The level design in general tends to go for layouts that are as unconducive to gameplay as possible. Missions that progress entirely linearly are set in needlessly complex, circuitous locations. The first level appears to be advanced by moving in a circle through the same few rooms multiple times, but I honestly can’t be certain, because it, like most locations in Past Cure, is composed primarily of identical doors and dead ends. This is especially disappointing for missions that take place during dream sequences (which is about half of them), as those should be working with a licence to ignore realism in favor of pure intuition.
The dream sequences display considerably more imagination than the real-world affairs, in that they display any imagination at all. There’s a thick, otherworldly atmosphere hanging over them, and the droning, anxious soundtrack is a lot more appropriate for them than it is for the action scenes. It would be legitimately creepy if the main character wasn’t essentially John Wick with a German accent. When it comes to gameplay, however, these mental levels are no better than their physical counterparts. To say they focus more on puzzle-solving than action is to use a charitable definition of “puzzle.” It’s frequently just a matter of interacting with the designated object that advances the plot, while attempts to rise beyond that are merely stock puzzles involving sliding blocks or switches with overlapping effects.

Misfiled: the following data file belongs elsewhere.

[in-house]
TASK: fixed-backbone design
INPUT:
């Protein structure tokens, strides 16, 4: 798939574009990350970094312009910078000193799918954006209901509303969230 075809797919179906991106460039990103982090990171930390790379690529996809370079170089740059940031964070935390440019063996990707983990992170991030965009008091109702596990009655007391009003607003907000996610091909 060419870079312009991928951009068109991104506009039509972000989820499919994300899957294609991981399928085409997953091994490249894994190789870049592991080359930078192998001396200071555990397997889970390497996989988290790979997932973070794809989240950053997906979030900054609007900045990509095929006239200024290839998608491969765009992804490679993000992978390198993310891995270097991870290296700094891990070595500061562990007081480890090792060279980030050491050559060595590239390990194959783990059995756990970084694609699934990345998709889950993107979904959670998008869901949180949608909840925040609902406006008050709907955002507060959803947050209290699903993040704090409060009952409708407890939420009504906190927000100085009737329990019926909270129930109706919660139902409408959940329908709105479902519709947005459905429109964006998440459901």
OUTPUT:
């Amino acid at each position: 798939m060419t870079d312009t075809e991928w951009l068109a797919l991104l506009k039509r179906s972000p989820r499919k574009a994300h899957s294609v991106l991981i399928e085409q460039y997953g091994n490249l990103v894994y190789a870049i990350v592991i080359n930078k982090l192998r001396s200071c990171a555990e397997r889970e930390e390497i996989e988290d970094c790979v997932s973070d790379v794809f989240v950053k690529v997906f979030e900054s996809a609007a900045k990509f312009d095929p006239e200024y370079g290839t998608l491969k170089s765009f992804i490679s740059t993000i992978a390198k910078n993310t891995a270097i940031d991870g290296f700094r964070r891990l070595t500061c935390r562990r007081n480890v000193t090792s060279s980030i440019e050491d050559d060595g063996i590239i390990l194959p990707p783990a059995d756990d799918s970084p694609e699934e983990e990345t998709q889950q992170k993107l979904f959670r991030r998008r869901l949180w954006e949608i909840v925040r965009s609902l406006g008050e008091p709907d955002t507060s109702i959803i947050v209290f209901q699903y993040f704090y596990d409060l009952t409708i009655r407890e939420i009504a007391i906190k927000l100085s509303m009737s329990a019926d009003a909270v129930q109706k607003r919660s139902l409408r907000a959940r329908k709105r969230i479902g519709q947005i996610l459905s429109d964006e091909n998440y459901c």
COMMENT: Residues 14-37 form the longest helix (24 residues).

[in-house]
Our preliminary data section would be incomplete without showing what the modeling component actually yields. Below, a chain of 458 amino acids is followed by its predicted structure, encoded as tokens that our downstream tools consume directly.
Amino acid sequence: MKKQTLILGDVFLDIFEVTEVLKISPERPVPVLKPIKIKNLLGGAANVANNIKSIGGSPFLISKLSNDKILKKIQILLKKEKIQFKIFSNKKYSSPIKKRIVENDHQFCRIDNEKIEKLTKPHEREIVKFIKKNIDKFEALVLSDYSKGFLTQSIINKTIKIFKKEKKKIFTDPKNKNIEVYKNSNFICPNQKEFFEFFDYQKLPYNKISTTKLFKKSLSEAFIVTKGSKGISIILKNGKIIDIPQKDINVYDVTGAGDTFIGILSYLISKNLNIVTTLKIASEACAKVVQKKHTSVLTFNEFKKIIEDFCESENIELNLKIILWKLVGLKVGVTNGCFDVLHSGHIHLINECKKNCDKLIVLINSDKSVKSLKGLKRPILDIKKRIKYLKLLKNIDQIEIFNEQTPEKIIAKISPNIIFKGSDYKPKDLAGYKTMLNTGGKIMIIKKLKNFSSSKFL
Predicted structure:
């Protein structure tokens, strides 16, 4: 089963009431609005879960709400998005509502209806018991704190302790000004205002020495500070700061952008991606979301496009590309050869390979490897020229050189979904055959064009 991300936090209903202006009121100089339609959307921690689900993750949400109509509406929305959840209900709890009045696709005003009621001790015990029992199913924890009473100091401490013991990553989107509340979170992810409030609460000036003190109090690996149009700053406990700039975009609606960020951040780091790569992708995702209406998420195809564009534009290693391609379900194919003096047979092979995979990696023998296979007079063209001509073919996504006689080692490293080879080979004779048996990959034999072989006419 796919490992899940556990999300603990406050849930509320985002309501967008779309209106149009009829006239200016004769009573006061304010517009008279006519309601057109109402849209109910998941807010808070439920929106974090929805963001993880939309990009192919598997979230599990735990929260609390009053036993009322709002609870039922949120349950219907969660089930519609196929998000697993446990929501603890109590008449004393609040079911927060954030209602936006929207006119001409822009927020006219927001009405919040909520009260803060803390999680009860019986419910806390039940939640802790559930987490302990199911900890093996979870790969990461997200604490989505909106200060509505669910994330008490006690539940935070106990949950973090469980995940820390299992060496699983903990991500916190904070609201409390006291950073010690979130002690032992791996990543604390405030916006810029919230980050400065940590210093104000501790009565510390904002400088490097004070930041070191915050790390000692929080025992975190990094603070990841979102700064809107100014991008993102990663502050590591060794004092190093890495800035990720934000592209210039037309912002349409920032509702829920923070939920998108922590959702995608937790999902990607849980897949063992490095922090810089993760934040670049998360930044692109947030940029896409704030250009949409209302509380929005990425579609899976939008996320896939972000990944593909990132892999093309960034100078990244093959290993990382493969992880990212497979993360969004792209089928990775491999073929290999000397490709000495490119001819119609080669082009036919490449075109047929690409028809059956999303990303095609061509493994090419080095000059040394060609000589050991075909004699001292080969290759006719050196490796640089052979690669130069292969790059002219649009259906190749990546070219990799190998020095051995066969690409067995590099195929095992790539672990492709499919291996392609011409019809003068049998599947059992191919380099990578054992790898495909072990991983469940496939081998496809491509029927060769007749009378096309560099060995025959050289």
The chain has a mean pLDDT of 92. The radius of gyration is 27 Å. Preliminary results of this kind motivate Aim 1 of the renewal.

Past Cure is more competent on a technical level than a design one, but it’s still noticeably flawed. The protagonist’s movement is governed unusually strongly by his animation – a logical-sounding decision that most developers know to avoid, because it means he lurches forward uncontrollably with every step. It also makes movement in any other direction uncomfortably stiff. The hit detection is spotty as well, which is frustrating when using firearms and downright ruinous when engaging in fisticuffs. The melee combat is already a mindless combination of button mashing and quick-time events, and the total absence of a feeling of impact deadens any entertainment that it could have provided.
The action is further dulled by some oddly muted sound effects, but that’s only the case for about 50% of them, as opposed to the voice acting, which is universally abysmal. I don’t like to dwell on indie script writers and voice actors for whom English is not a native language, because they’re not really at fault, and hiring a whole new cast would be unfeasibly expensive, but this is problematic even by those standards. Every single spoken line feels disconnected from any contextual events or preceding conversation, and the script is full of “as you know” dialogue delivered as often to other characters as it is to the player in the form of boring narration.